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All Cath Kidston stores to close in rescue deal

Cath Kidston’s owner has bought the online, franchise and wholesale business in a pre-pack deal, resulting in the closure of its 60 stores and more than 900 redundancies.

Baring Private Equity Asia has, struck a deal with administrators and acquired the assets through an independent sale process as CK Acquisitions. 

The private equity firm has held a stake in Cath Kidston since 2014. 

The bid did not include Cath Kidston’s 60 UK stores, which will not reopen following the coronavirus lockdown. 

Around 918 staff have been made redundant, with 70 jobs being saved. 

It comes after Cath Kidston appointed Alvarez & Marsal and law firm Shoosmiths as administrators to undertake an urgent review of the business, including a potential sale. 

Melinda Paraie, chief executive of Cath Kidston, said: “While we are pleased that the future of Cath Kidston has been secured, this is obviously an extremely difficult day as we say goodbye to many colleagues. Despite our very best efforts, against the backdrop of COVID-19, we were unable to secure a solvent sale of the business which would have allowed us to avoid administration and carry on trading in our current form. I would like to thank all our employees for their hard work, loyalty and patience over the last few weeks as we worked through this process.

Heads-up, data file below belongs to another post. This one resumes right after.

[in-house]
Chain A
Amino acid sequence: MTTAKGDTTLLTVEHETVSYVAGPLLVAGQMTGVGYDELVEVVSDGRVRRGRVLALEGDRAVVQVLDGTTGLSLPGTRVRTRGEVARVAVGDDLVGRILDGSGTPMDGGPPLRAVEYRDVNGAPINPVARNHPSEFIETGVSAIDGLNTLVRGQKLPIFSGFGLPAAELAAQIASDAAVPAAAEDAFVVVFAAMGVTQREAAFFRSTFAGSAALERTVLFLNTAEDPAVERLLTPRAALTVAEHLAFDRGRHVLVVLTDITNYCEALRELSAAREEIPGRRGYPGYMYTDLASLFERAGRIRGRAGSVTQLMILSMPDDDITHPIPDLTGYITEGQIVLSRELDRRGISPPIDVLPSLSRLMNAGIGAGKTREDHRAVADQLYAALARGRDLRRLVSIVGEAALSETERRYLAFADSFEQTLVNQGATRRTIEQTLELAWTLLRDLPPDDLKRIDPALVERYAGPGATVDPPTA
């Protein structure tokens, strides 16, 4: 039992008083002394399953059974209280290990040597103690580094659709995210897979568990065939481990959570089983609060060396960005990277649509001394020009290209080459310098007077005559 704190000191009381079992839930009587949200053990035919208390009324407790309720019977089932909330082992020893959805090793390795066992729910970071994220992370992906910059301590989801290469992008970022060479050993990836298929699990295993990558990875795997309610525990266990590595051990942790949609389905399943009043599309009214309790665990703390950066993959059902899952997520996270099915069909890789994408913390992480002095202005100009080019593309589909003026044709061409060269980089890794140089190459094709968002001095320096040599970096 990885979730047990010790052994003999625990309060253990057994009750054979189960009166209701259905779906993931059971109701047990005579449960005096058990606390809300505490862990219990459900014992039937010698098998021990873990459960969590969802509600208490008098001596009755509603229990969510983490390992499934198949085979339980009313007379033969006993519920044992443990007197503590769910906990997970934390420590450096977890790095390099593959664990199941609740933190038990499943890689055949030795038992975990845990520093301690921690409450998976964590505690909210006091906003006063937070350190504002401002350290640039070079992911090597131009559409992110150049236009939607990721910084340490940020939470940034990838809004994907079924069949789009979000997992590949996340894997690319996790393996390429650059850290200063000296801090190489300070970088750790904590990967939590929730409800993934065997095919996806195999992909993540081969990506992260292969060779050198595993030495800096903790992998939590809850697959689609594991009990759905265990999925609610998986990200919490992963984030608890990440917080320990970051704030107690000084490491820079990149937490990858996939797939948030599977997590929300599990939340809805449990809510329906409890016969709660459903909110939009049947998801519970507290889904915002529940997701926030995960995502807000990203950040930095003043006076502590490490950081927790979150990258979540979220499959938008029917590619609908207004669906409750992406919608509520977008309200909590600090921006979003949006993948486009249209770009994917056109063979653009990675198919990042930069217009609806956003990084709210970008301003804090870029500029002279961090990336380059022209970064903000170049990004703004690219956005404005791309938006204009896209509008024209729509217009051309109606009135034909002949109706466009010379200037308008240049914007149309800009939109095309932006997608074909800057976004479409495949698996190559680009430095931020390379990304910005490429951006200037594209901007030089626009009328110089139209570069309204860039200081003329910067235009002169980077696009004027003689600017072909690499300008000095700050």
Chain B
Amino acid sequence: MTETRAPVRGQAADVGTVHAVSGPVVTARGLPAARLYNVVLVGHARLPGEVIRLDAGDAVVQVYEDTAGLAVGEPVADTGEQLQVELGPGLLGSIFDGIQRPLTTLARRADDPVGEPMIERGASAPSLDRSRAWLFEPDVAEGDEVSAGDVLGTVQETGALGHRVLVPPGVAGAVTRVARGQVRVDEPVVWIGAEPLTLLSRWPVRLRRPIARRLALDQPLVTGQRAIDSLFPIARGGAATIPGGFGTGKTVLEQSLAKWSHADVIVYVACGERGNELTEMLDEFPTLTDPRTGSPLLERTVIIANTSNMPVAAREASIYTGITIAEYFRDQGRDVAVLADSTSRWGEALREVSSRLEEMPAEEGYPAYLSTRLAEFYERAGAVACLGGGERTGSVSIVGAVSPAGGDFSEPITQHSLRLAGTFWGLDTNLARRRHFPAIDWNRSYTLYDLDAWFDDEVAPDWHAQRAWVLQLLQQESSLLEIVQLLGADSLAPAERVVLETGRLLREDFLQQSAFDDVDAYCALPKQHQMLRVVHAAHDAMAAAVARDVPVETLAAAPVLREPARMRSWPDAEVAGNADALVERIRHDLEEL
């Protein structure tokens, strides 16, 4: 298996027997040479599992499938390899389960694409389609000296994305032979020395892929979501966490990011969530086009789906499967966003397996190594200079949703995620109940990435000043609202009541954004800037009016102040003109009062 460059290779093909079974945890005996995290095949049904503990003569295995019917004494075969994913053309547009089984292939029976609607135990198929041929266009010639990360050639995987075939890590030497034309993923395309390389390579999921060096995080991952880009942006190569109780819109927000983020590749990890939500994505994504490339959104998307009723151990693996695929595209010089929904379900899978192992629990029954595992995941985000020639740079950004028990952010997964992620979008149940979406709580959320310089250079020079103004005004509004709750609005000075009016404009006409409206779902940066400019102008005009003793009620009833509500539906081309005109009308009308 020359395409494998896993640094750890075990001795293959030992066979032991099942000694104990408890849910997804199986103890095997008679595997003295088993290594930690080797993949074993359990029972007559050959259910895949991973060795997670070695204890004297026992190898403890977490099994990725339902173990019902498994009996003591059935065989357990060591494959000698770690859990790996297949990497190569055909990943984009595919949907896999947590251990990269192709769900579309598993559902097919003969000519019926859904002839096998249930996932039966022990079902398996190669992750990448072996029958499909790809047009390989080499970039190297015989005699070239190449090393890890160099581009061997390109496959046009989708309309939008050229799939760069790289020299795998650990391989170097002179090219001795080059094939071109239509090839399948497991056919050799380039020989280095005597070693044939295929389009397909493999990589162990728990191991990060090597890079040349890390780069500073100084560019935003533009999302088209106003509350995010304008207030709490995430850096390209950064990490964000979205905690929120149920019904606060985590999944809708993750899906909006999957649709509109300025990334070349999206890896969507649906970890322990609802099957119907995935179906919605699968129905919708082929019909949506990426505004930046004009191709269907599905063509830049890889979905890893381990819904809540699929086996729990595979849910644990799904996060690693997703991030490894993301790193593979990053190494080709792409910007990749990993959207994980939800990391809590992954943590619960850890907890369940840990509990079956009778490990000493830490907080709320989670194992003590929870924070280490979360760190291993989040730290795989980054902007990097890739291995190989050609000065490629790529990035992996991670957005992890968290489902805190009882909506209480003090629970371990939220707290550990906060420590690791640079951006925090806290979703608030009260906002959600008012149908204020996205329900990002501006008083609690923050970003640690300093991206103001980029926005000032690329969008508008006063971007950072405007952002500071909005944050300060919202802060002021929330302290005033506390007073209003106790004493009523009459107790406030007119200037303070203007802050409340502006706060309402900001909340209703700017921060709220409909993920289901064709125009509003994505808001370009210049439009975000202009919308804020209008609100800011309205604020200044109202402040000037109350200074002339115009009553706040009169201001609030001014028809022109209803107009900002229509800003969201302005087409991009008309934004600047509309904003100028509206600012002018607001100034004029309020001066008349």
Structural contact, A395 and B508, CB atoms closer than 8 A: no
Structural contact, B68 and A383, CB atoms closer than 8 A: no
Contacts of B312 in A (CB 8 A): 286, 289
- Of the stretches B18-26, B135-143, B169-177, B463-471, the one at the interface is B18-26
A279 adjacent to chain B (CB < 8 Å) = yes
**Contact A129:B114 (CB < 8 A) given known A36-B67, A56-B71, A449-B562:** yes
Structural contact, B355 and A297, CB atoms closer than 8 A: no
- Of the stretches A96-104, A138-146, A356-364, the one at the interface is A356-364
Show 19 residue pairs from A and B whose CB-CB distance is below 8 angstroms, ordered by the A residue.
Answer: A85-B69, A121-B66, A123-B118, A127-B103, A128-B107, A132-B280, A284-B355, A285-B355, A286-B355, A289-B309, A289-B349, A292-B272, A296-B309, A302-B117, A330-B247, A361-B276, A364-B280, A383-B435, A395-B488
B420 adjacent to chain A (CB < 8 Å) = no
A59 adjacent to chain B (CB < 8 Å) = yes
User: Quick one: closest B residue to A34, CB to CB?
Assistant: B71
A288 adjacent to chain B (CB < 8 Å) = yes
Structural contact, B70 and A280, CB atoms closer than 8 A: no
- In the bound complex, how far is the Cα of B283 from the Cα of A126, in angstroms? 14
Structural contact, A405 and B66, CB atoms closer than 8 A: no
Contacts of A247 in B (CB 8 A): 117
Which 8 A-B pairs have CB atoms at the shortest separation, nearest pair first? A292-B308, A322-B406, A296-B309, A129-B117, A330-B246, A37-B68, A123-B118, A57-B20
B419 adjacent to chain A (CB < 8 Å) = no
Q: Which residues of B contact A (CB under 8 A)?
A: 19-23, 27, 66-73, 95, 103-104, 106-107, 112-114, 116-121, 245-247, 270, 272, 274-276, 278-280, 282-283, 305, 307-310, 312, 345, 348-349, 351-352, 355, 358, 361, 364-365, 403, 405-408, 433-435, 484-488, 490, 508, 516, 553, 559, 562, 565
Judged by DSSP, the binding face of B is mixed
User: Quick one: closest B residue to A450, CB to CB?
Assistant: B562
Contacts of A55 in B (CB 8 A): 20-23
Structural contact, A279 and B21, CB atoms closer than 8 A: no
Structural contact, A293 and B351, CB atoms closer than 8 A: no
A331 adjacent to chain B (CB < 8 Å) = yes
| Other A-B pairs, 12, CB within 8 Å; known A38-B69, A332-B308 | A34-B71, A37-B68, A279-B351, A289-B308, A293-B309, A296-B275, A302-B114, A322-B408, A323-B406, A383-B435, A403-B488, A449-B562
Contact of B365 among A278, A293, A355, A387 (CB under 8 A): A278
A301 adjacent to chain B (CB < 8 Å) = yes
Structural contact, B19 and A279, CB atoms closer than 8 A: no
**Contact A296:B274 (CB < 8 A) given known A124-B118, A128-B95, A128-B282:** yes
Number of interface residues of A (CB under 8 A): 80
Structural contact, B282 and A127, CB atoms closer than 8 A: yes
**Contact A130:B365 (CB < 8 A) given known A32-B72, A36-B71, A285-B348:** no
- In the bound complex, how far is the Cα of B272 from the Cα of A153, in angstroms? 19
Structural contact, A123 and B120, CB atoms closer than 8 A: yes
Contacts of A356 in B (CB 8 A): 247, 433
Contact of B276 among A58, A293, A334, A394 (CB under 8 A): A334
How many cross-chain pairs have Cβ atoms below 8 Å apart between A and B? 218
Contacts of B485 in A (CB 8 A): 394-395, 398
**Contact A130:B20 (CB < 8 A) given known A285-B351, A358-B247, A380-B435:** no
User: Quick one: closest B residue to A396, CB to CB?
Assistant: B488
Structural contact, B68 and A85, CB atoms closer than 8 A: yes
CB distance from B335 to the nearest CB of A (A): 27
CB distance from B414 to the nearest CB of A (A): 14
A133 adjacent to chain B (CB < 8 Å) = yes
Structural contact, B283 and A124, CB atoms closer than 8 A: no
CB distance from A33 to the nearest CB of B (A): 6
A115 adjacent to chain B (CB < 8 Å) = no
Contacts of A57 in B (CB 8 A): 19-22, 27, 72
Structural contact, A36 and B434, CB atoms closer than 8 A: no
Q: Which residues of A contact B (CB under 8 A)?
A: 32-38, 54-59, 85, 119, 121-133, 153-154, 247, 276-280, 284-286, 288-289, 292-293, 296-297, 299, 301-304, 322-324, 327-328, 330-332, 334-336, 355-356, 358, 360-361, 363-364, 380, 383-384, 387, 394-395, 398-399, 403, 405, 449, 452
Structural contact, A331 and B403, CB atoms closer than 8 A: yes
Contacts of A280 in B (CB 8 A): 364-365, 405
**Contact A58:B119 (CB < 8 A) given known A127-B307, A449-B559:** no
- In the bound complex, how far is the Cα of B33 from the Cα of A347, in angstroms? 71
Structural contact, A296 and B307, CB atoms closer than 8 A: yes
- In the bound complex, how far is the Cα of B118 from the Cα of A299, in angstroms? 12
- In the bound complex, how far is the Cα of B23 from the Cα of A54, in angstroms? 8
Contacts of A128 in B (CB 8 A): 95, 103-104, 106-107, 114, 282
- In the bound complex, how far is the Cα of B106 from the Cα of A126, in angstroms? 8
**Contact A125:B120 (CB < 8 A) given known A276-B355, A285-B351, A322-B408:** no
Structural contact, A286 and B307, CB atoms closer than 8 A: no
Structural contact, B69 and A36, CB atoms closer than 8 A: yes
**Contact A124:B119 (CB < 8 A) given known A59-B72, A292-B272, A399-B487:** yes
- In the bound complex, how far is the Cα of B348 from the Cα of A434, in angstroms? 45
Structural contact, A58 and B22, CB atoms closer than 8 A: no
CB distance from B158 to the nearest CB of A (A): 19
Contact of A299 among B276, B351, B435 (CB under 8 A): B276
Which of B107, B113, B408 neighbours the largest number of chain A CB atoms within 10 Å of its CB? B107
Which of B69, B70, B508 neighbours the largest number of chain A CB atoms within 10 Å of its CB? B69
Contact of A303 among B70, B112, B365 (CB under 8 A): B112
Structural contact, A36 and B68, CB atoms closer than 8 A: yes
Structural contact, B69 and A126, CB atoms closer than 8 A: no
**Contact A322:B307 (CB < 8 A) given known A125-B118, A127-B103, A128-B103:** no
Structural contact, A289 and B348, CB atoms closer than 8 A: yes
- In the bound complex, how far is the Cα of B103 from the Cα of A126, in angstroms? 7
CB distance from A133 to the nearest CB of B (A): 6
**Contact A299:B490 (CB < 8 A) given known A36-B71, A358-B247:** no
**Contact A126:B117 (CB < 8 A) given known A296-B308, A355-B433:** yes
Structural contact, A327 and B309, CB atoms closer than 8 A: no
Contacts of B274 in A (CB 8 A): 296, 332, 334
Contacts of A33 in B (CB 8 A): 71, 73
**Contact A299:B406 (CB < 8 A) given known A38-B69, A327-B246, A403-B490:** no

“We now look to the future and are focused on transforming Cath Kidston into a brand-first, digital-led business with a continuing mission to brighten customers’ lives with our much-loved, British-inspired prints and designs.”

A spokesperson for Baring Private Equity Asia said: “While we are disappointed that the COVID-19 crisis has resulted in the cessation of the retail store network and impacted many employees, we are pleased to have secured a future for a number of Cath Kidston staff and the Cath Kidston brand in the form of a viable digital business. Going forward we will continue to help the company grow through its e-commerce platform and international wholesale and franchise businesses. We would like to thank Melinda and the company’s management team for their hard work in managing through this difficult economic crisis and establishing a viable future for the business in the UK.”

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Readers' comments (3)

  • darren hoggett

    As dubious as pre packs are, this one actually is logical as they have the sense not continue with the dying ember of physical retailing.

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  • "rescue deal"

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  • How can you headline say it's a rescue deal?
    Pre pack deals should be illegal.
    Staff, suppliers and landlords all lose out.
    The only other winner in this is the administrator as they get their fees.

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